No more melamine in milk with new ISO testing Standard

Issue 23 – December 2010

Following the crisis caused by milk adulterated with melamine which affected thousands of children 2 years ago, ISO and the International Dairy Federation have developed a testing Standard to determine the content of melamine and cyanuric acid in milk, powdered milk products, and infant formulae.

In 2008, several children died or became seriously ill after drinking milk contaminated by melamine. The substance, which is used in the manufacturing of fire-retardant plastics, had been added to milk sold by some companies in order to make it appear to have a higher protein content. In humans, ingestion of melamine can cause kidney stones and renal failure. This is particularly dangerous for babies and small children for whom it can prove fatal.

To prevent future adulterated milk products from entering the market, ISO and IDF prepared technical specification (TS) ISO/TS 15495 | IDF/RM 230:2010, Milk, milk products and infant formulae – Guidelines for the quantitative determination of melamine and cyanuric acid by LC-MS/MS.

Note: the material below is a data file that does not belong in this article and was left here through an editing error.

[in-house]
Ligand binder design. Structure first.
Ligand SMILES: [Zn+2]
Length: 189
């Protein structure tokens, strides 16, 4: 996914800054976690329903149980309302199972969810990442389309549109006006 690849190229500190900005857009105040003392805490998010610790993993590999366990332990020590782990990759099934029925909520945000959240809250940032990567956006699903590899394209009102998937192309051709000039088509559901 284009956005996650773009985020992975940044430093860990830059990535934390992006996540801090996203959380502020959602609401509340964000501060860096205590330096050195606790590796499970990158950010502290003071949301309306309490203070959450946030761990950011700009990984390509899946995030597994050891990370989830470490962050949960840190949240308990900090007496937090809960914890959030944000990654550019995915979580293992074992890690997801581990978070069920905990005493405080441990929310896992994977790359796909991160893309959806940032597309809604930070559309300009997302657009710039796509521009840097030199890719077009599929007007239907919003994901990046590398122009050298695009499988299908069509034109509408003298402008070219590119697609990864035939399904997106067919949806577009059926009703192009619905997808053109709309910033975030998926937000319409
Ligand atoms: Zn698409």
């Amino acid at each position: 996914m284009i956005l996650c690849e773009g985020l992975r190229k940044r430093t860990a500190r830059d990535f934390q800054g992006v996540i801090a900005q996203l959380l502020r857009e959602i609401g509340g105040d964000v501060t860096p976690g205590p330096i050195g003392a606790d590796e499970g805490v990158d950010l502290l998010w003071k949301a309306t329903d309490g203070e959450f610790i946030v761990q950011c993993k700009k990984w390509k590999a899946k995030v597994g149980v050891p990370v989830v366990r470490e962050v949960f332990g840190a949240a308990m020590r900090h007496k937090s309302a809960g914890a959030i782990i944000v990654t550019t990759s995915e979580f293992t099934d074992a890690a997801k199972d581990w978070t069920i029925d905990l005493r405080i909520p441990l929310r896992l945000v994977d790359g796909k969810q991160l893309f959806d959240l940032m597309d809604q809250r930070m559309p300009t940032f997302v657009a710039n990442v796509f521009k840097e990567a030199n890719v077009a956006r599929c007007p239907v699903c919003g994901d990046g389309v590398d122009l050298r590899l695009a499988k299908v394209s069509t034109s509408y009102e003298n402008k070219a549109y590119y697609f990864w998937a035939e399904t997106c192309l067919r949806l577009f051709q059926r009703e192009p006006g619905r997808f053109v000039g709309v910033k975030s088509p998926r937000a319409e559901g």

'This much awaited document will help strengthen consumer confidence in the milk industry', says Steve Holroyd, co-Project Leader of the technical specification. 'It will ensure the integrity and safety of tested milk and derivative products. Producers, manufacturers, and regulatory authorities can use it to prevent further incidents. Although currently published as a TS, the document is expected to become a fully fledged international Standard in the future.'

ISO/TS 15495 | IDF/RM 230:2010 will be useful for dairy producers and suppliers, milk product and infant formulae manufacturers, regulatory and testing authorities, equipment suppliers, and the food industry in general.

You can order PDFs of ISO Standards by calling 0800 782 632 during business hours or emailing enquiries@standards.co.nz.

Published in health.